The Scruffy Rube’s #CBR5 Review #15: Rumpole and the Golden Thread

For many more thoughts on how this book relates to touring around London visit my regular blog: The Scruffy Rube.

For me, Rumpole stories (written by ex-lawyer John Mortimer) will forever be stories about familiarity and comfort, both because those motifs appear repeatedly throughout the series, and because the evoke those feelings within myself. Rumpole the aging defense lawyer is happiest with the Oxford Book of English Verse (which he quotes with aplomb), a stubby cigar and a bottle of cheap wine. As he strives to acquit each and every client he takes on (no matter how nefarious or cold-hearted they appear to be), he maintains his twin beliefs in the golden thread of justice (that we all must be judged as innocent until proven guilty), and that we live in a world of petty indecencies that the educated among us must endure.

Rumpole and the Golden ThreadTo me, Rumpole always sounds like Leo McKern, in large part because I heard the Australian actor reading the stories while bouncing along Montanan highways and byways in our family minivan. But he will always remind me of my father, a big and burly man who giggled at jokes I didn’t understand and got a wistful look in his eye when the poetry started to course its way through the main character’s monologuing. I love the idea of a noble, true, unflappable lawyer devoted to asserting the power of the human mind and the human soul. These are lofty ideas, but they sound every bit as good in McKern’s voice as they did during my father’s lectures. Walking about London you see those same ideals, high peaks, noble, sturdy architecture designed to endure, and in so doing manage to impress. Sure there are new flashes of steel and gleaming glass, but the core of London is as eternal as it ever was, and as consistent as Rumpole himself.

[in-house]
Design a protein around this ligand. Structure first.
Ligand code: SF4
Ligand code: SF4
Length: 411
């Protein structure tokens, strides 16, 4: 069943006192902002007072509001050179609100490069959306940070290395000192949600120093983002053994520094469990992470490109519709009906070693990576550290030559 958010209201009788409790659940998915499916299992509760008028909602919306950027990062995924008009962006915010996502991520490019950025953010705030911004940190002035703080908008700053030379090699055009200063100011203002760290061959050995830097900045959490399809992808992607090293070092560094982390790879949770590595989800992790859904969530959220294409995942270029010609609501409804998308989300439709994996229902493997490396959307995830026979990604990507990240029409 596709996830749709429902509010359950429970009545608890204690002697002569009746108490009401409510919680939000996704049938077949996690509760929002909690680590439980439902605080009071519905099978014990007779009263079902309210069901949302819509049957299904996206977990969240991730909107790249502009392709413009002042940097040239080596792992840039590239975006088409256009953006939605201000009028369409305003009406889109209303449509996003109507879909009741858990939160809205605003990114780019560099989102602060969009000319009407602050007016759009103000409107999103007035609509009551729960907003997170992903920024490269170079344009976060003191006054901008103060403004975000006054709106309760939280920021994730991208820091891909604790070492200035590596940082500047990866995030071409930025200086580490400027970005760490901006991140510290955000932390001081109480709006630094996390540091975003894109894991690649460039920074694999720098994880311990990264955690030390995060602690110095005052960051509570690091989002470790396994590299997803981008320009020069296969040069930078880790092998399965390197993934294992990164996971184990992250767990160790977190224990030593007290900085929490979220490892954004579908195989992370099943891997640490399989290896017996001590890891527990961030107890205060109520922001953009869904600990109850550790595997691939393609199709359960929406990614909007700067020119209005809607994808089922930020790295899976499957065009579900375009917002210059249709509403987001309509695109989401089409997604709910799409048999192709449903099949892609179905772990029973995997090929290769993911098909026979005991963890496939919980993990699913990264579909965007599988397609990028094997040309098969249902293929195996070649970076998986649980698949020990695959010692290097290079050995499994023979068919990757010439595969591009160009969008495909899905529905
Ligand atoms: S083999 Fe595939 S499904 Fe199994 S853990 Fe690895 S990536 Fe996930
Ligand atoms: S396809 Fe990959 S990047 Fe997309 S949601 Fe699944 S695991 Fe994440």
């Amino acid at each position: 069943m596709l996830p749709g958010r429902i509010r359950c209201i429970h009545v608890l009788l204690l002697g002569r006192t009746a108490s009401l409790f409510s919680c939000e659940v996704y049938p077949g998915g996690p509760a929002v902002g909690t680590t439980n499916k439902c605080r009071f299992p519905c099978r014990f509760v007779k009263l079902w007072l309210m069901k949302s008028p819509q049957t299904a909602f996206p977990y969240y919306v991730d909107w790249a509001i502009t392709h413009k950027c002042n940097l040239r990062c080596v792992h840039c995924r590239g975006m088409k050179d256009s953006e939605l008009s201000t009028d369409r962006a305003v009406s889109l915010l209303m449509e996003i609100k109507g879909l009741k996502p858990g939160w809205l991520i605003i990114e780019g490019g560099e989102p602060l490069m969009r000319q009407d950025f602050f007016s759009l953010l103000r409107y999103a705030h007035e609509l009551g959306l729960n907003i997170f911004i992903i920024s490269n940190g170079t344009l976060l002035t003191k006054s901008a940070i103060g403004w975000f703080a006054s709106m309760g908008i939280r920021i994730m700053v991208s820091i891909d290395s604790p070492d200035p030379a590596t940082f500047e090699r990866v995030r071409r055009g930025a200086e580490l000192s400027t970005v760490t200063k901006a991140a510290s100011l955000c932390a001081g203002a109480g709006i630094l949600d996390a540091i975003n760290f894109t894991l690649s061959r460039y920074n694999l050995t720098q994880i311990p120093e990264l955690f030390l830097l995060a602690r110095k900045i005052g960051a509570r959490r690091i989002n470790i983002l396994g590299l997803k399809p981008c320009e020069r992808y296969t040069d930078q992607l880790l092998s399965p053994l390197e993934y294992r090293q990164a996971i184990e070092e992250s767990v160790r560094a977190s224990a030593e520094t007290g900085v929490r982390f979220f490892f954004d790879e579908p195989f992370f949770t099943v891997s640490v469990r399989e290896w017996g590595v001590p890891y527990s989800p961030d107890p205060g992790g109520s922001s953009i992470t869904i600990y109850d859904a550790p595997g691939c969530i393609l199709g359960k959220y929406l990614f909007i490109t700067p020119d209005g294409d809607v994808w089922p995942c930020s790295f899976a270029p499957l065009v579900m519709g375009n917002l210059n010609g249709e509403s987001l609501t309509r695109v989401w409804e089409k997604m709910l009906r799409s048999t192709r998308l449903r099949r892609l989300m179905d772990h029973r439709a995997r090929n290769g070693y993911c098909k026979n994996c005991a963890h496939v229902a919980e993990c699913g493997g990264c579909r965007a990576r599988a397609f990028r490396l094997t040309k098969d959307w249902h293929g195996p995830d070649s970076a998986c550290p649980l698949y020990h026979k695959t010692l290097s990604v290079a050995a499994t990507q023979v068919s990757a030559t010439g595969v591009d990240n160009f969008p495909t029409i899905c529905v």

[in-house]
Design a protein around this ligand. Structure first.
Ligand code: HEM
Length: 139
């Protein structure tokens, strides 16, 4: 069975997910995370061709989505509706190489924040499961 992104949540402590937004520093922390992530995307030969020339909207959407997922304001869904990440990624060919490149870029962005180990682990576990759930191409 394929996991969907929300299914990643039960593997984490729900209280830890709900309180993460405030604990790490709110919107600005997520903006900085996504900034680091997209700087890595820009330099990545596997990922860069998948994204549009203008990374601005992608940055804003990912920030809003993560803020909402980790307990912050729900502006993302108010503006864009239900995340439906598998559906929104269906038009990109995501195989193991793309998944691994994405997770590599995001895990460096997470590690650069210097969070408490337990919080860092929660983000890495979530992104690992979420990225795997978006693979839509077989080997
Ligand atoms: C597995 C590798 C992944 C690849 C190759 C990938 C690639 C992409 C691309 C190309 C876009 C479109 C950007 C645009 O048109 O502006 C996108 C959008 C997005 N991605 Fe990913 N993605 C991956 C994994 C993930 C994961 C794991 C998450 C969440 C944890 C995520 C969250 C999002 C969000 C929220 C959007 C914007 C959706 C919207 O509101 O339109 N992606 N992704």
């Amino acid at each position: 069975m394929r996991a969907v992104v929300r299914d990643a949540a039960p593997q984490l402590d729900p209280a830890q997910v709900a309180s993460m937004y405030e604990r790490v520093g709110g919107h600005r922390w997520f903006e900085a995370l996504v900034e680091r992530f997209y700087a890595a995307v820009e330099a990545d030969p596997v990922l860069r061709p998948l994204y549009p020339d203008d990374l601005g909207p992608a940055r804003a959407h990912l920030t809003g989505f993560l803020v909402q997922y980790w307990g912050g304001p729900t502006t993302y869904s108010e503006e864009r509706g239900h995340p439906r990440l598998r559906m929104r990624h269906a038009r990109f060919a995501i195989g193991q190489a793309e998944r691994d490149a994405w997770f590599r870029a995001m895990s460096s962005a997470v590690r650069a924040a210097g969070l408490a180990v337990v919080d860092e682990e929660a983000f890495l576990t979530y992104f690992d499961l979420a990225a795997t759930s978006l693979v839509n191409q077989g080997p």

This collection fell a little shy of my normal fondness. Two stories relied on the sort of “aha” revelations by confessing witnesses that feel more at home in an episode of Matlock. One of them sent the titular defender of innocence to a fictional African country that felt more like a hodgepodge of uncomfortable post-colonial stereotypes than good ol’ Mr. Rumpole story-telling. In all they weren’t my favorite Rumpole stories.

But they were Rumpole stories, and they were Rumpole stories that I was reading in the thick of the city, popping up the steps from the tube onto Tottenham Court Road or wandering down the byways past Fleet Street and the Old Bailey. It let me feel right at home in a foreign land, and I expect it will do the same for anyone else who picks the stories up generations from now.

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